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Sean Trane
Prog Folk
3 stars 3.5 stars really!!!

Lead by the North-Ontarian Lalonde brothers, this group got often considered as Québecois, especially after their name change that came along with their second album, but distinctly Lougarou was Ontarian. Indeed Lougarou came with CANO from North Ontario and presented a light progressive folk, more like an electrified French (yes from France) folk, but stretching sometimes to Acadian folk as well. Hiding behind a superb artwork, this first album mixes straight traditional folk to Tull-ified folk rock soundscapes, so there is a very strong work in the arrangement . Opening on the acoustic folk Dis-Moi, Charles, the album veers on the great Tull-ish Belle Françoise, while the piano-led Partance arte both fully electrified folk rock with plenty of electric guitar works from both Michel and Antoniak, both tracks just under six minutes, allowing plenty of space for intricate musical interplay. The tracks finishing side 1 are also full of charm, but shorter, but La Vendée has an impressive vocal delivery. You could imagine yourself on a Malicorne album with such tracks.

The flipside opens with the upbeat Hirondelle, and the album continues like the other side of the wax, but the treatment of La Claire Fontaine (extended to 7-minutes) is a pure gem of mixing acoustic and electric music together, but has plenty of dramatics as well, including some excellent guitar works. The following Eclipse can't possibly compete with that, but still manages its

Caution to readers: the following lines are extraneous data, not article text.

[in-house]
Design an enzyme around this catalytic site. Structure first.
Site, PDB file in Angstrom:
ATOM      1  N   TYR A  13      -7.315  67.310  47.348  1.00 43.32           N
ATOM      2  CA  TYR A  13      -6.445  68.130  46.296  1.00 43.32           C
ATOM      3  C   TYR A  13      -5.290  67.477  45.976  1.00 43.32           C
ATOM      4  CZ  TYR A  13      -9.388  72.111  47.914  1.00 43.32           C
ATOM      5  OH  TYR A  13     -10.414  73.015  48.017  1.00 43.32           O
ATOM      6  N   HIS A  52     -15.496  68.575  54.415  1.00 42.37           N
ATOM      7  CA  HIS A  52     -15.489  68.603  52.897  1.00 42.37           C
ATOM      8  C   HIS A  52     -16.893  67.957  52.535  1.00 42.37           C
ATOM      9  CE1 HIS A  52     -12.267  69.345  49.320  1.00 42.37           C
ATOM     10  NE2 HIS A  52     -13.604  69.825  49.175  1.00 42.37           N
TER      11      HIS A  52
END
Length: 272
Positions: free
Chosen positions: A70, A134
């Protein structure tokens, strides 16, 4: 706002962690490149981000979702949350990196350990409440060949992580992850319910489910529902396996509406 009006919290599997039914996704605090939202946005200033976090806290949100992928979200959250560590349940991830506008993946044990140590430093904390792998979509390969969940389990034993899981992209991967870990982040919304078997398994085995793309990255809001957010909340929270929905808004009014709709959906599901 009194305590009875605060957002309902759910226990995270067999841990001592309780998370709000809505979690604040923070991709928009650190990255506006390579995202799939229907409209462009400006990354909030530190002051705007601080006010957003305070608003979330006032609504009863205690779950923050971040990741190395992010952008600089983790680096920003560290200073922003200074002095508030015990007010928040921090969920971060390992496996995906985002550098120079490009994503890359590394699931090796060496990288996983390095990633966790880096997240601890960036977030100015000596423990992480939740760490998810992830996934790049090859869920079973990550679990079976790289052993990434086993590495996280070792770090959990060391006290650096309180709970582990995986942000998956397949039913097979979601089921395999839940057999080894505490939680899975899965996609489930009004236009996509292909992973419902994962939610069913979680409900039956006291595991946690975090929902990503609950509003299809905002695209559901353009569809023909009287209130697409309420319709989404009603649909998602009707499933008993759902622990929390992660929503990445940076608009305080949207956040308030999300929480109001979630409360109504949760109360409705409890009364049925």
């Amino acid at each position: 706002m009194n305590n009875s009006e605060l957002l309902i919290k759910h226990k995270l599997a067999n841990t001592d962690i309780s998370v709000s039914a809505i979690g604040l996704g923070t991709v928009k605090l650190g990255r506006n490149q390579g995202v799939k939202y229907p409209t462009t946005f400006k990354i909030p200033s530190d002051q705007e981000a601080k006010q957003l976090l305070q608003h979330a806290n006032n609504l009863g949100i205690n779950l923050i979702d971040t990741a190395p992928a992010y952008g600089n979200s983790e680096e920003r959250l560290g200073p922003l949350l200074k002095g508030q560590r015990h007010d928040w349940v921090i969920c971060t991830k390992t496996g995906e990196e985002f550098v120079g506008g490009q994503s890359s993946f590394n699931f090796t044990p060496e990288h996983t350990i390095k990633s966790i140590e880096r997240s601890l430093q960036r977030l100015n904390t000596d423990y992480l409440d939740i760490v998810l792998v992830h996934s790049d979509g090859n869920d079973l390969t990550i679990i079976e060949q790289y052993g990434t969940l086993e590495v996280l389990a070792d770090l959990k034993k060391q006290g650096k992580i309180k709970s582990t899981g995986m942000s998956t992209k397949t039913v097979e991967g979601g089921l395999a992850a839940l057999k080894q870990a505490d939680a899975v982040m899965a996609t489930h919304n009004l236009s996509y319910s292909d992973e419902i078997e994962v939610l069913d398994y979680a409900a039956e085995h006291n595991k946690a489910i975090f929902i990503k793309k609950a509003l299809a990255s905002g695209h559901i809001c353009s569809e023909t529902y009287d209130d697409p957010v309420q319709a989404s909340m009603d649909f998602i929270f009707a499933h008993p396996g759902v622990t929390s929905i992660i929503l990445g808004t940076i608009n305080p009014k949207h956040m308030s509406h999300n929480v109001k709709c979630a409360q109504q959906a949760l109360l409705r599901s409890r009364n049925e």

While I wouldn't call any of Garolou's album essential prog folk rock, this debut album and its two successors are definitely worth hearing, because they represent another way modernising folk music.

Report this review (#236019)
Posted Monday, August 31, 2009 | Review Permalink
Honorary Collaborator
3 stars The Quebec Folk Rock scene seems endless and Lougarou were another band in the list, found in 1974 by brothers Marc Lalonde (bass, vocals) and Michel Lalonde (acoustic guitar, vocals) and featuring also drummer Michel "Stan" Deguire, guitarist George Antoniak and keyboardist Steven Naylor.Lougarou were lucky enough to use Le Studio in Morin Heighs during its off-hours and the band finally signed a contract with Canadian label London Records, releasing the self-titled debut in 1976.

Unlike the mass of Quebec Folk groups using traditional instruments, Lougarou were standing on the opposite side, having a rather rockier but still very delicate and warm sound, mainly to the nice use of synths and piano by Steven Naylor.Their style contained inspirations from Heavy Rock, Classical Music and Progressive Rock, all mixed with some good folky tunes coming out of the band's musical influences and listened both on the instrumental parts and the multi-vocal arrangements.The album certainly lacks some killer tracks or even trully adventurous arrangements with the band focusing more on producing elegant sounds and folky memorable choruses, but there are also some great guitar leads, beautiful piano lines as well as some light and interesting interplays to be found.Especially the keyboard/piano work by Naylor is excellent with a bit virtuosic solos and somewhat intricate passages.

This is certainly the definition of Folk Rock.Catchy folky vibes blended with the rock dynamics next to some evident prog stylings.Nice album indeed and warmly recommended.

Report this review (#786754)
Posted Thursday, July 12, 2012 | Review Permalink